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buyer

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Journal Article
J Health Polit Policy Law (1995) 20 (2): 303–327.
Published: 01 April 1995
... of capital payment reform, we highlight some of the key provisions and assumptions of the new regulations, discuss the management implications of a changed capital payment system, and explore alternative models of hospital investment behavior in a world where one price for services for all buyers...
Journal Article
J Health Polit Policy Law (1992) 17 (3): 403–424.
Published: 01 June 1992
.... These two options cannot be viewed independently from trends in the private market. Sales of private long-term care policies have grown and between 30 percent and 40 percent of the elderly can be considered potential buyers. If private alternatives are available for those individuals who need asset...
Journal Article
J Health Polit Policy Law (1983) 8 (1): 44–75.
Published: 01 February 1983
... prevent deaths and disabilities, though there are differences of opinion as to the degree of protection afforded. Opponents of the requirement concentrate their substantive concerns on the propensity of the public to disconnect passive belts and the reluctance of prospective car buyers to pay...
Journal Article
J Health Polit Policy Law (1986) 10 (4): 659–674.
Published: 01 August 1986
... market by 1982), or other large buyers of inpatient services, have selected hospitals on the basis of price as hypothesized by competition advocates. Copyright © 1986 by Duke University Press 1986 The Impact of Health Maintenance Organizations and Competition on Hospitals...
Journal Article
J Health Polit Policy Law (1984) 9 (2): 251–260.
Published: 01 April 1984
... to in the term “cost- shifting” is not equivalent to the cost of hospital care; rather, it is the cost of a “discount .” We distinguish here between two basic types of discounts. A communded discount is the percentage difference between the amount a hospital bills and the actual amount a buyer...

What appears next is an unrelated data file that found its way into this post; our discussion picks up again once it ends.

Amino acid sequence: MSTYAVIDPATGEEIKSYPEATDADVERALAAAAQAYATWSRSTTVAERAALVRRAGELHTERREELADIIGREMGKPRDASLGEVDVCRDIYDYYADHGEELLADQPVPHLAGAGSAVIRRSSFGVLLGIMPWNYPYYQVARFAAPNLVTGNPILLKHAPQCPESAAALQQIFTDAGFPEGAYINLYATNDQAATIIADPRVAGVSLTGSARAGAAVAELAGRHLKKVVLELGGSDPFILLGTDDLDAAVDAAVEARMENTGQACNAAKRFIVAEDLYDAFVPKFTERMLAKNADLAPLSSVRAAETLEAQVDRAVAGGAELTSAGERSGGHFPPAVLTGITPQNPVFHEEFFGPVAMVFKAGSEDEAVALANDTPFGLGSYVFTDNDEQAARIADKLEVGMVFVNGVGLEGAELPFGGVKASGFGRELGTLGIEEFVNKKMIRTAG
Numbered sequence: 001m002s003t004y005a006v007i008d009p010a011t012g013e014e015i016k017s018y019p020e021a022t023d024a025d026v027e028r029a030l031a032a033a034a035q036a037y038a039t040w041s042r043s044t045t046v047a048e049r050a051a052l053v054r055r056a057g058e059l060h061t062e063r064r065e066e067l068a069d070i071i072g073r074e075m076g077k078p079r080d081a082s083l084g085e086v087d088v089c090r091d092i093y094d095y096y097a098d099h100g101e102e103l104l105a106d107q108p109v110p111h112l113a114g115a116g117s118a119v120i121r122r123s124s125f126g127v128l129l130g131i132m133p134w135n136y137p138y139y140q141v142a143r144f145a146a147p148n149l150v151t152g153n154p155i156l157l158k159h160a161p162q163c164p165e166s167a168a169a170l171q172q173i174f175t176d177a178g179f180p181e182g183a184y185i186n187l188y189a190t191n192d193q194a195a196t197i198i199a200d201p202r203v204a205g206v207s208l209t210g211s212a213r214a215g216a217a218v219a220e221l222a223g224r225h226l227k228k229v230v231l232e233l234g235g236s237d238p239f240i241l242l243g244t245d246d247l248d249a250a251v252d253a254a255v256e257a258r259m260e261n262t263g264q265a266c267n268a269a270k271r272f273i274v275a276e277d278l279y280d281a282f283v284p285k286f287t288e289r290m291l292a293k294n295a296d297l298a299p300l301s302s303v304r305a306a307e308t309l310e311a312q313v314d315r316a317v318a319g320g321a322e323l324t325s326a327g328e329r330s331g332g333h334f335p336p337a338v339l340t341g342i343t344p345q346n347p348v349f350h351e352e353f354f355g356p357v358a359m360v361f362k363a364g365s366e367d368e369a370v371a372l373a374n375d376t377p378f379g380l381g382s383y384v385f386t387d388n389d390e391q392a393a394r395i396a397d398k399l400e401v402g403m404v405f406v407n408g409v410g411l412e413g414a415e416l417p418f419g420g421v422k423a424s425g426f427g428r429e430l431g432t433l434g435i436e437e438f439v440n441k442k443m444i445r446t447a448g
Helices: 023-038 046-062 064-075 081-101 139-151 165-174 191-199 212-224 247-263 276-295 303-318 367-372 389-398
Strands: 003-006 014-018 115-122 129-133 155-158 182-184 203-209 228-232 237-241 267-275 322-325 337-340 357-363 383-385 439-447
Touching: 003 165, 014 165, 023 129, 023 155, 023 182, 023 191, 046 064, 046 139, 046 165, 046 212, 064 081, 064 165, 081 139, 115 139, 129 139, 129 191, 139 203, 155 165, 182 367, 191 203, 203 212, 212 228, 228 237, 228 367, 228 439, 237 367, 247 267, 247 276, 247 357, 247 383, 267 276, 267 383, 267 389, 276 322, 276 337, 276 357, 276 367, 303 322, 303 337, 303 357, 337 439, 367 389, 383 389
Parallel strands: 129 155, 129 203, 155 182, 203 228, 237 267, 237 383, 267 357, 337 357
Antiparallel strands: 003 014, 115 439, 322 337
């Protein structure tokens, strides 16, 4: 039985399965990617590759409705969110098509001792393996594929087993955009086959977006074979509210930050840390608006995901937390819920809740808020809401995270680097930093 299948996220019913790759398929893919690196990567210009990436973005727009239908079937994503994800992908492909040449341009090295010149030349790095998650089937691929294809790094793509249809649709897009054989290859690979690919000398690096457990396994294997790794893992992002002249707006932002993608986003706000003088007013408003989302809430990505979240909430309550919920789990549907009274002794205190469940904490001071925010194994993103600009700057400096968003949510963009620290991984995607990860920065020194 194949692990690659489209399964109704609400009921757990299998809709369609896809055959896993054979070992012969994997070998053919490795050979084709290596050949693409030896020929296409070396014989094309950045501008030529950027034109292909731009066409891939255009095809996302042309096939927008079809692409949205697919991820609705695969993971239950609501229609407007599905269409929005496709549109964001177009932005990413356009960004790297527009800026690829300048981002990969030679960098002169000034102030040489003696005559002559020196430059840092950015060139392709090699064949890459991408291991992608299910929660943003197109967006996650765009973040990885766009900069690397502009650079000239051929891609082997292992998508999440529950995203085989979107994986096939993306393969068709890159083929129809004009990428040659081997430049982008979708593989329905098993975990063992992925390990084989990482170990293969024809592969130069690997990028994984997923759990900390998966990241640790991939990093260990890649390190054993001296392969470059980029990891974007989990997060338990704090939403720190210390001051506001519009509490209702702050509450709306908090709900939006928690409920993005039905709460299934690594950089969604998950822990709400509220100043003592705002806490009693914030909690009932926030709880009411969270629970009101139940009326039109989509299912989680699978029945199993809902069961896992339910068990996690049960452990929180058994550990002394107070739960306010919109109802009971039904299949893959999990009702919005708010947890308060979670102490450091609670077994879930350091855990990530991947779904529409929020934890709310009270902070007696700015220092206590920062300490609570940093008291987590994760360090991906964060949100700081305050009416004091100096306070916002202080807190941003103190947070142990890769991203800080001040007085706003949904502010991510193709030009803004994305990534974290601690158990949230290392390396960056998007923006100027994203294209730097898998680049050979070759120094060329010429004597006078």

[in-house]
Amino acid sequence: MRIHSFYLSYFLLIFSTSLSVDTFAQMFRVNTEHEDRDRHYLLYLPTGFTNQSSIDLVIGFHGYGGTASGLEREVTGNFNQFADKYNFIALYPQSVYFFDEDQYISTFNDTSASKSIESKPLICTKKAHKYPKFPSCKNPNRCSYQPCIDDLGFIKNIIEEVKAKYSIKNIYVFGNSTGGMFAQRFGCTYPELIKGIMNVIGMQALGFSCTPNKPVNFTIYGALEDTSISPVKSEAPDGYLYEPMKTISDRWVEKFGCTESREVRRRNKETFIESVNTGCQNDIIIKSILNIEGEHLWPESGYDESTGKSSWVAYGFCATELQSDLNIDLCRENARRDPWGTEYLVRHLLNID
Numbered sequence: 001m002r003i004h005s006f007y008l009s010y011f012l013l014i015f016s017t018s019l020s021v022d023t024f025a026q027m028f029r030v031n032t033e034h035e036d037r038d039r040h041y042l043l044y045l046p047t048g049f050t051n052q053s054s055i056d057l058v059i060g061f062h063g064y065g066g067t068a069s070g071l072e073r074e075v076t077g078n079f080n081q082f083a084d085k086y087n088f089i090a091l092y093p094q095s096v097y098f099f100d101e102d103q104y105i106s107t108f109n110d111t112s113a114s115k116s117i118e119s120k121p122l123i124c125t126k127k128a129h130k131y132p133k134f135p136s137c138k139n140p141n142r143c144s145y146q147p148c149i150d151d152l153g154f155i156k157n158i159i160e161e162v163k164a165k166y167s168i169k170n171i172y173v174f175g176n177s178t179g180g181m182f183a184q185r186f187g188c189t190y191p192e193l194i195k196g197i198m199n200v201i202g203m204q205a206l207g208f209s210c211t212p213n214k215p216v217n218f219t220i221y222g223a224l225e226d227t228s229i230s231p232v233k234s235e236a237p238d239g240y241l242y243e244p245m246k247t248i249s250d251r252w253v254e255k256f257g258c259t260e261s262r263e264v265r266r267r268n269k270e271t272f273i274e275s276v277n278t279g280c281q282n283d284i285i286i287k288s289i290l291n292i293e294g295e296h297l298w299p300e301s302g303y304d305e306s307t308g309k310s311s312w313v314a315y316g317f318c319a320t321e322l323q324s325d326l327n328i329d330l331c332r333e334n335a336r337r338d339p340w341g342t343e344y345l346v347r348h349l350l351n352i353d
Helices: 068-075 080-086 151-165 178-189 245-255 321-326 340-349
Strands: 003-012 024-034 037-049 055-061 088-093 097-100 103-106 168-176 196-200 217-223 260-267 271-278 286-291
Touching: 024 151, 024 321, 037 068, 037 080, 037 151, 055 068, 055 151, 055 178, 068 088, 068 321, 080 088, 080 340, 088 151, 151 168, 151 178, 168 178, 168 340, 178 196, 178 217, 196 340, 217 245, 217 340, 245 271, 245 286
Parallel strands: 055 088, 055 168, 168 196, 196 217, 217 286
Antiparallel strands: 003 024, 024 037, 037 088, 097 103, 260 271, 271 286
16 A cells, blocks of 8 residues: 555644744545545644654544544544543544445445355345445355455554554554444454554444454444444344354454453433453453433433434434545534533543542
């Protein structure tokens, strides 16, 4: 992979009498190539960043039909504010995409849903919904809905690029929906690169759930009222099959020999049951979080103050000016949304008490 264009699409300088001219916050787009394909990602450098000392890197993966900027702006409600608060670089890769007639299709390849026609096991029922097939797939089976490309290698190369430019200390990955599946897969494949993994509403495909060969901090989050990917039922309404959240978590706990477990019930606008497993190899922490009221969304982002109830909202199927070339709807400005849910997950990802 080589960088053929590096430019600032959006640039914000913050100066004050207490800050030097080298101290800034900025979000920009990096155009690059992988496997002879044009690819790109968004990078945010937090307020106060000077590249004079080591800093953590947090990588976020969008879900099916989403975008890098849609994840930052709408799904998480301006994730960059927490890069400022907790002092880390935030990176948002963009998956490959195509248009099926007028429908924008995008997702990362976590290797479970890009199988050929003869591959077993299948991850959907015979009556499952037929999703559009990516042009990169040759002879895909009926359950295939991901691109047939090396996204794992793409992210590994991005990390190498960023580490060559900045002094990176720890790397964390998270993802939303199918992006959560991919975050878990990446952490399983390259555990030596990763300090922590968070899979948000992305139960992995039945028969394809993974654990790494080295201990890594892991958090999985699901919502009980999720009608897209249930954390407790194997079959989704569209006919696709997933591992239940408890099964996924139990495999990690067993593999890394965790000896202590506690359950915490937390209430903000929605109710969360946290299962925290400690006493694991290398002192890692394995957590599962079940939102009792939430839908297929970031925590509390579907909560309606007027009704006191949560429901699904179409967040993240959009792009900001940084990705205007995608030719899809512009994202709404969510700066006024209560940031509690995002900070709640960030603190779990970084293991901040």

Journal Article
J Health Polit Policy Law (1991) 16 (3): 499–506.
Published: 01 June 1991
... all early efforts at cooperative control. The passive purchasers became active buyers, and, as Morone (1990: 166-7) has pointed out, the government's enlarged role "made health care inflation a public-sector problem." Table 1 summarizes the axes of change. The distrust already reflected...
Journal Article
J Health Polit Policy Law (1991) 16 (3): 499–506.
Published: 01 June 1991
... expenditure of their money by a profession that had frustrated all early efforts at cooperative control. The passive purchasers became active buyers, and, as Morone (1990: 166-7) has pointed out, the government's enlarged role "made health care inflation a public-sector problem." Table 1 summarizes...
Journal Article
J Health Polit Policy Law (1999) 24 (5): 1191–1200.
Published: 01 October 1999
.... By contrast, some of the responsibility for the market segmentation rests on insurers’ strategic use of information against different buyers, and much of the managed care regulatory effort is focused on these “information problems” in “imperfect markets.” In theory, a workably competitive market can...
Journal Article
J Health Polit Policy Law (1982) 7 (2): 460–487.
Published: 01 April 1982
...” is an institu- tion through which interaction of buyers and sellers determines prices and quantities of goods and services produced.’ The existence of “buyers” and “sellers” suggests that a market for any particular good has two sides, that is, a “demand side” and a “supply side.” Obviously buyers...
Journal Article
J Health Polit Policy Law (1978) 3 (3): 361–363.
Published: 01 June 1978
.... But thinking about the system as a market (or series of markets) involves more than a definitional exercise; it focuses our attention on certain behaviors of the actors within the system. In applying the market concept, we tend to emphasize the response of these actors (i.e., buyers...